Budget has impact on SANRAL

A reduction of R2.6bn in SANRAL’s allocation and greater clarity on the government’s position on
road tolling were some of the key features of the 2018/19 budget statement delivered by former
Finance Minister Malusi Gigaba.

The speech and the Budget Review tabled recently contained important references to SANRAL that
will have an impact on its short- and long-term future plans. Among these are:

A reduction of R2.6bn in its budget, compared with the allocations in the 2017 Medium Term
Budget. Similar cuts were also announced for the SA Revenue Service, Prasa and four water
A commitment that SANRAL will continue to deliver on plans to resurface 3 200km and
strengthen 1 475km of national roads over the medium term.
An allocation of R29.1bn for capital investment in non-toll roads, with an additional R4.3bn for
the Moloto Road and R2.1bn – from 2019 to 2021 – for the N2 Wild Coast Highway.
In the Budget statement it is noted that “the finances of SANRAL remain weak” due to
opposition to the GFIP project. “The Agency may require recapitalisation in 2018/19,” it

Gigaba did not refer to tolling or e-tolls in either his speech or the media conference that preceded its
delivery in Parliament. However, the extended budget statement makes it clear that the government is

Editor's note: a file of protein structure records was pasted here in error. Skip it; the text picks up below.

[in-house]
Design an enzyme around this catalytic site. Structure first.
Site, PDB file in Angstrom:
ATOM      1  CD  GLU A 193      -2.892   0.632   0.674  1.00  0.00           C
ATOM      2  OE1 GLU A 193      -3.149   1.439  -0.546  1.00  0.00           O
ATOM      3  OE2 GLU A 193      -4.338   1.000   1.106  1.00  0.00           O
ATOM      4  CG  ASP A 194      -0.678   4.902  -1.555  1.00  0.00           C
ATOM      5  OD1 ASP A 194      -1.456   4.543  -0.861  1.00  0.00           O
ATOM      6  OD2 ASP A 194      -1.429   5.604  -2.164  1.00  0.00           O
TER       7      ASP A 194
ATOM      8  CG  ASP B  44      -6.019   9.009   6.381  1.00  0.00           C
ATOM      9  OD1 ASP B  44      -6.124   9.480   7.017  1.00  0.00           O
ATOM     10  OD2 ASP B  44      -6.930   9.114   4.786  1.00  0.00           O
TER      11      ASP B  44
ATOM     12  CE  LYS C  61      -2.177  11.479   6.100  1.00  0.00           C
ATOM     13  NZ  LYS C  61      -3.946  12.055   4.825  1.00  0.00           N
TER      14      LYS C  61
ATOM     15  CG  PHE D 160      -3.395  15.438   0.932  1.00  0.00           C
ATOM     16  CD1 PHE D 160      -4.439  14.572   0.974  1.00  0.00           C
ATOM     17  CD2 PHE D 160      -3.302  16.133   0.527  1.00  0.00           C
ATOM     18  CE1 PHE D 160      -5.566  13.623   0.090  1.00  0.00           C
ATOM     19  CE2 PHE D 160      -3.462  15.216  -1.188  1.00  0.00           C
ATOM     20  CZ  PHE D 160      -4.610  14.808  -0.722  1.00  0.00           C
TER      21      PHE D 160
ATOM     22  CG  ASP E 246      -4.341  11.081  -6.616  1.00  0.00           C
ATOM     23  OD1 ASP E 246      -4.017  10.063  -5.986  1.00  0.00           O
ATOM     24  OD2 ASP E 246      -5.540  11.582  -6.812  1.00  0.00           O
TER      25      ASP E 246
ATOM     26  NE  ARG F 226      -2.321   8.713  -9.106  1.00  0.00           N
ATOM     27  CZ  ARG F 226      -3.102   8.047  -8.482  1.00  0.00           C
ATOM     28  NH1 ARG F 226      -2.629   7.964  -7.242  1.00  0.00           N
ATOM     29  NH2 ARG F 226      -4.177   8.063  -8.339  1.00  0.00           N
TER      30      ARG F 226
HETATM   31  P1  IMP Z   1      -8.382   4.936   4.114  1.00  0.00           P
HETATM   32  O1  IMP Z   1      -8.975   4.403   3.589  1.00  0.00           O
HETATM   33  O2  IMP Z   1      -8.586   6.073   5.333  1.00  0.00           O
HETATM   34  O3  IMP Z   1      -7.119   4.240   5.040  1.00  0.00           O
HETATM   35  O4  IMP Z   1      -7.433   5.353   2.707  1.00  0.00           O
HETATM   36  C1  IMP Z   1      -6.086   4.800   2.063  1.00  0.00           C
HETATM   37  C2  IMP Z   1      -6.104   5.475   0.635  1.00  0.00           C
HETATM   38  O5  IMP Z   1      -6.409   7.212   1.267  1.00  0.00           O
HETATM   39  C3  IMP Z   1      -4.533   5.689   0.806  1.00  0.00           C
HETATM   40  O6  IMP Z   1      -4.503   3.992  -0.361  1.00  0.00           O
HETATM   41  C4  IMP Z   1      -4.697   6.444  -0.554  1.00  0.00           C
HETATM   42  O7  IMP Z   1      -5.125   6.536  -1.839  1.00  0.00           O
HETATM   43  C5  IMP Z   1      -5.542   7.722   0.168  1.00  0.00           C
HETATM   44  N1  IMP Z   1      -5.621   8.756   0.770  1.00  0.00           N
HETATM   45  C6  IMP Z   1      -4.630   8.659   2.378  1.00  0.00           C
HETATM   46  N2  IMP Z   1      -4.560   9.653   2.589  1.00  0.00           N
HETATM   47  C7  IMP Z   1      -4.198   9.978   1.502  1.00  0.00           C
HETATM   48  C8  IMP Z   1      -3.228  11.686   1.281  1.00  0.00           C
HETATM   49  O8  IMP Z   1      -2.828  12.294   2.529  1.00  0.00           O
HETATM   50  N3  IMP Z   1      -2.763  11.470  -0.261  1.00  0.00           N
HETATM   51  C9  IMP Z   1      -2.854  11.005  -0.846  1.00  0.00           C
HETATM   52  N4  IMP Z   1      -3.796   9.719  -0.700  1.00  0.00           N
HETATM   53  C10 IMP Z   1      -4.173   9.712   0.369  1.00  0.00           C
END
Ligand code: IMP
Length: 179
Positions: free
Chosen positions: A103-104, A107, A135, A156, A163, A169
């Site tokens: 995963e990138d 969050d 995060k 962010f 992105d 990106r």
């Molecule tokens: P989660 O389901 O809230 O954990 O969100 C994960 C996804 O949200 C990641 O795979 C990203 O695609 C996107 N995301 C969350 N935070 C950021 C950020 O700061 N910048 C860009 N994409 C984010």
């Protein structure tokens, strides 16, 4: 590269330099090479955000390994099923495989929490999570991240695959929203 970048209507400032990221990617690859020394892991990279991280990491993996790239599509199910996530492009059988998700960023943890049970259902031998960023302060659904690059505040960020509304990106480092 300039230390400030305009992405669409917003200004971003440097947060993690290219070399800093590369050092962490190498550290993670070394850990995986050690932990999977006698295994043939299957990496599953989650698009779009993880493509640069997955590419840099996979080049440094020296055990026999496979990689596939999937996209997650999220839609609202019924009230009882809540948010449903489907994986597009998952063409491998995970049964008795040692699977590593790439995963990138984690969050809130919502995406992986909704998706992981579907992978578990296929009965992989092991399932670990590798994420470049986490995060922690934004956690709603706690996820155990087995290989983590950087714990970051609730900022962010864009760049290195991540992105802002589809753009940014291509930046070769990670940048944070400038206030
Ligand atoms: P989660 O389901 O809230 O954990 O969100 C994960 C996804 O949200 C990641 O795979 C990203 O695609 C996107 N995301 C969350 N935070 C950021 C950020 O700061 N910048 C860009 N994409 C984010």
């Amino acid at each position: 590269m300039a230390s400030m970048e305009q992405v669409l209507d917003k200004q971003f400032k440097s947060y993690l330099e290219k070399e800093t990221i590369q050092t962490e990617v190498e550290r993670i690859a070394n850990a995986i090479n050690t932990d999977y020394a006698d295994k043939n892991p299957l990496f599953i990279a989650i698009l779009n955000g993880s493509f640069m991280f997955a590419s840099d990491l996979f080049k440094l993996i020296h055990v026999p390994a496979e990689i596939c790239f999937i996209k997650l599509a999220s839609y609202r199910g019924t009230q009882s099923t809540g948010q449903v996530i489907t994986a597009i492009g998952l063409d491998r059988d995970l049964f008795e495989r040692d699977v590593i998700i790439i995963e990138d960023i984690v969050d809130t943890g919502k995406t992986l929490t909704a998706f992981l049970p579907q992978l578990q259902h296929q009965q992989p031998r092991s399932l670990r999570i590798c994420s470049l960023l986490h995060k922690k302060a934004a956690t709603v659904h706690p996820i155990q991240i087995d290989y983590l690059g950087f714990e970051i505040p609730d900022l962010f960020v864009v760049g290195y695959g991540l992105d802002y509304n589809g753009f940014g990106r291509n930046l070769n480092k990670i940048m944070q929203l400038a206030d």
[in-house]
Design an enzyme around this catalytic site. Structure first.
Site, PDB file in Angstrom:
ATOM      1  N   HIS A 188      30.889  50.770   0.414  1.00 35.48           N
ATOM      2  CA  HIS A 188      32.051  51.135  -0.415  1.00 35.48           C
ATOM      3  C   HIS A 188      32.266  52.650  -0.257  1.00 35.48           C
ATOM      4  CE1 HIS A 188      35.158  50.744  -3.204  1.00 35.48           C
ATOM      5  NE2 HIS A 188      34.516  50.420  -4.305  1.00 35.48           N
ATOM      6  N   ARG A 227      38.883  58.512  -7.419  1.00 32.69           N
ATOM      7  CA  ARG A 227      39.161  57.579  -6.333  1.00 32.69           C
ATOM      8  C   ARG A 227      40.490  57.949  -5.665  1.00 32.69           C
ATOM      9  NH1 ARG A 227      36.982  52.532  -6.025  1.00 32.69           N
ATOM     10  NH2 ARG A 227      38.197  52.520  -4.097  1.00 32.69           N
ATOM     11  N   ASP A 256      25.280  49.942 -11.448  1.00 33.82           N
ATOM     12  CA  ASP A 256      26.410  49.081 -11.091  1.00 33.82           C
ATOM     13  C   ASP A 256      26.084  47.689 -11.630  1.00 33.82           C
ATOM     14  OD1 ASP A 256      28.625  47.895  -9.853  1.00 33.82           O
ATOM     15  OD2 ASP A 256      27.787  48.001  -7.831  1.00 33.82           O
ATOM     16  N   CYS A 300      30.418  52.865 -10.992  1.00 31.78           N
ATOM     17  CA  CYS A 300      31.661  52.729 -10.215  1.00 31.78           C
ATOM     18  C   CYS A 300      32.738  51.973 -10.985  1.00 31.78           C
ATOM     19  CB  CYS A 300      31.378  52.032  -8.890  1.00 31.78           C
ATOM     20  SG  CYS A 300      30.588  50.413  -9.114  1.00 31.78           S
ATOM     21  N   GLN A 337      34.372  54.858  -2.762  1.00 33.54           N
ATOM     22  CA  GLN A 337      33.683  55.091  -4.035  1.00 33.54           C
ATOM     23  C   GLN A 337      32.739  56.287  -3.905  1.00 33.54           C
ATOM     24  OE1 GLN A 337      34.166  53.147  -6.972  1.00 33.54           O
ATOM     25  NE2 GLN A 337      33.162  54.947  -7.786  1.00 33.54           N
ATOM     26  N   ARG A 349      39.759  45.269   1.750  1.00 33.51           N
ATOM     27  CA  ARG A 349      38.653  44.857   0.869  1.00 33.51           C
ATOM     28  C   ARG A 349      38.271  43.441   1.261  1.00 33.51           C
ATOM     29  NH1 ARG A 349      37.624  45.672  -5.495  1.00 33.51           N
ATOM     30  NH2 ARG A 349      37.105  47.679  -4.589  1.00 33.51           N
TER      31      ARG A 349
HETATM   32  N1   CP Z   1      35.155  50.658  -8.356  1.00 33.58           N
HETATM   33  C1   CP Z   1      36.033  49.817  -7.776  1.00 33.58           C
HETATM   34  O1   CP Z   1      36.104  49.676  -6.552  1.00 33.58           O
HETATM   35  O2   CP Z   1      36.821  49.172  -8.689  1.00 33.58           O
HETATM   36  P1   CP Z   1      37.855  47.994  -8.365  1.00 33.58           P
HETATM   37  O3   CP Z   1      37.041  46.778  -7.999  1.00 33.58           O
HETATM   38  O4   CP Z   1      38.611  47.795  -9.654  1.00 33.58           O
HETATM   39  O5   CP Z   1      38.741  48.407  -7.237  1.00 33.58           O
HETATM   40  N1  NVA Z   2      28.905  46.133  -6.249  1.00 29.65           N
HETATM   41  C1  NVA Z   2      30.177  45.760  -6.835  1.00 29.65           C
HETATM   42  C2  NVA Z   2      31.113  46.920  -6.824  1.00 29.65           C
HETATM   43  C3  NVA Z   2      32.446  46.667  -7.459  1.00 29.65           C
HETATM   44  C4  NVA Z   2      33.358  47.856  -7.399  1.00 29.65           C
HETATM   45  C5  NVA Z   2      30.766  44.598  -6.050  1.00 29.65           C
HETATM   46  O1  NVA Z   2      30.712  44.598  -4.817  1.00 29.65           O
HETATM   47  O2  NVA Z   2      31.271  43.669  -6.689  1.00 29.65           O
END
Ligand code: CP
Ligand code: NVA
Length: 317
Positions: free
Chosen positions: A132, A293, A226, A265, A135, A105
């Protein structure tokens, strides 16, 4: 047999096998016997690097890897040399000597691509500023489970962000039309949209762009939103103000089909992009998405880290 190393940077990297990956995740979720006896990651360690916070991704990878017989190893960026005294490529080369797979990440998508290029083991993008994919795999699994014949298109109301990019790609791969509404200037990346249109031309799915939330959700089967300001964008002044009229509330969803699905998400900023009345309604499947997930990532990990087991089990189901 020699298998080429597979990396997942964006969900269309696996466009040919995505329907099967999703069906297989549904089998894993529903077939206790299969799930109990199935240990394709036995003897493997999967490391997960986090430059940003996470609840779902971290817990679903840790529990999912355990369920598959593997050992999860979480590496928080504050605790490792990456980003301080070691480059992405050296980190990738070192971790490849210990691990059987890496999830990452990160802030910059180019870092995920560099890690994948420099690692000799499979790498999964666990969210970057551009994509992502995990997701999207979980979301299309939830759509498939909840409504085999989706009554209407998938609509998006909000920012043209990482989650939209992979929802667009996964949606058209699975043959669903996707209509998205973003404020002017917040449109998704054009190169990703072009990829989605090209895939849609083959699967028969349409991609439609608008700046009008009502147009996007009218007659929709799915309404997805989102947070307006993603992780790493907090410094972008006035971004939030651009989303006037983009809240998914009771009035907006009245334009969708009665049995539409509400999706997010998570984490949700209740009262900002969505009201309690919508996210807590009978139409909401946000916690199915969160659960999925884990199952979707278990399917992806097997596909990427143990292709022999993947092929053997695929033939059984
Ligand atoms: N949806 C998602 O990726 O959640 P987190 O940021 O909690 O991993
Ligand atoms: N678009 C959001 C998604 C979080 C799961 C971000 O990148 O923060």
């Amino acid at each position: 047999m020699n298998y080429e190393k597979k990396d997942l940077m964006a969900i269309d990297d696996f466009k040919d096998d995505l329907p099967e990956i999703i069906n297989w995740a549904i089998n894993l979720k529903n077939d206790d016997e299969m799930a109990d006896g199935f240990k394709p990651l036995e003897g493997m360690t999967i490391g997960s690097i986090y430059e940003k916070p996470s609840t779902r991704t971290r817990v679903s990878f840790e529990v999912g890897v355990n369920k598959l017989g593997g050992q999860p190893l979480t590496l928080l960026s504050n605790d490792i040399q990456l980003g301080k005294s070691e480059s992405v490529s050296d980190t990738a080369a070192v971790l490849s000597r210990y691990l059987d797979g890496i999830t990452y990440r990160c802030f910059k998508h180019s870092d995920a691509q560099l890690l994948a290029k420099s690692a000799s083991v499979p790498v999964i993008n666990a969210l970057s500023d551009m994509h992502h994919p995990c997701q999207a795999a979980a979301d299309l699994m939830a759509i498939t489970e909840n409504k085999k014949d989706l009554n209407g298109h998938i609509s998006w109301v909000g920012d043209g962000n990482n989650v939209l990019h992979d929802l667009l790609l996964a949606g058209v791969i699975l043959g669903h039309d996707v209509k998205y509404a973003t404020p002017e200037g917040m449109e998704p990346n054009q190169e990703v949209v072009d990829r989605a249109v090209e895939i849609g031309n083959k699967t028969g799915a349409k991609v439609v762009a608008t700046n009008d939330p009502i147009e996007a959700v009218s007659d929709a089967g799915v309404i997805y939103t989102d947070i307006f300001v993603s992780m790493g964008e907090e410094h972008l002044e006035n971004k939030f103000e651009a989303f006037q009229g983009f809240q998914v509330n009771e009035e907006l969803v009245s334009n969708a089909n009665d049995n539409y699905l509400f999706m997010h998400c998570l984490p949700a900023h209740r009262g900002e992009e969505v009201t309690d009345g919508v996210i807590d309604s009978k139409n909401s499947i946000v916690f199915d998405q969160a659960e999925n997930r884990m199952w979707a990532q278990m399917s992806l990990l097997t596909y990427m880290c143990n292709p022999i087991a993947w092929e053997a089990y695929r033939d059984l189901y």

committed to the principle of road tolling.

A Cabinet committee has been set up to develop a tariff determination framework that will oversee the
setting of road tolls.

Gigaba said that the government might be required to provide financial support to several SOCs in the
coming year through the disposing of non-core assets, strategic equity partners or direct capital

SANRAL budget – all the numbers:

  • Over the medium term, SANRAL intends to focus on undertaking preventative maintenance
    to improve and preserve the national road network.
  • It plans to resurface, strengthen or improve some 4 700km of roads and build new
    interchanges and bridges.
  • Total expenditure is expected to increase at an average annual rate over the medium term –
    from R34.7bn in 2017/18 to R37.2bn in 2020/21.
  • The bulk of SANRAL’s expenditure is going towards payment of service providers for road
    maintenance or construction. This is projected to increase at an average annual rate of 30%
    over the medium term – mostly due to upgrades to the N3 Mariannhill and the N2 North and
    South Coast roads.
  • Toll revenue is expected to increase at an average rate of 5%.
  • The staff complement is expected to remain constant at 390. Spending on compensation will
    grow at an average of 10.5% – from R312m in 2017/18 to R421.5m in 2020/21.
Malusi Gigaba, Minister of Finance
Ministry of Finance of South Africa at the World Economic Forum on Africa 2017 in Durban, South Africa. Copyright by World Economic Forum / Greg Beadle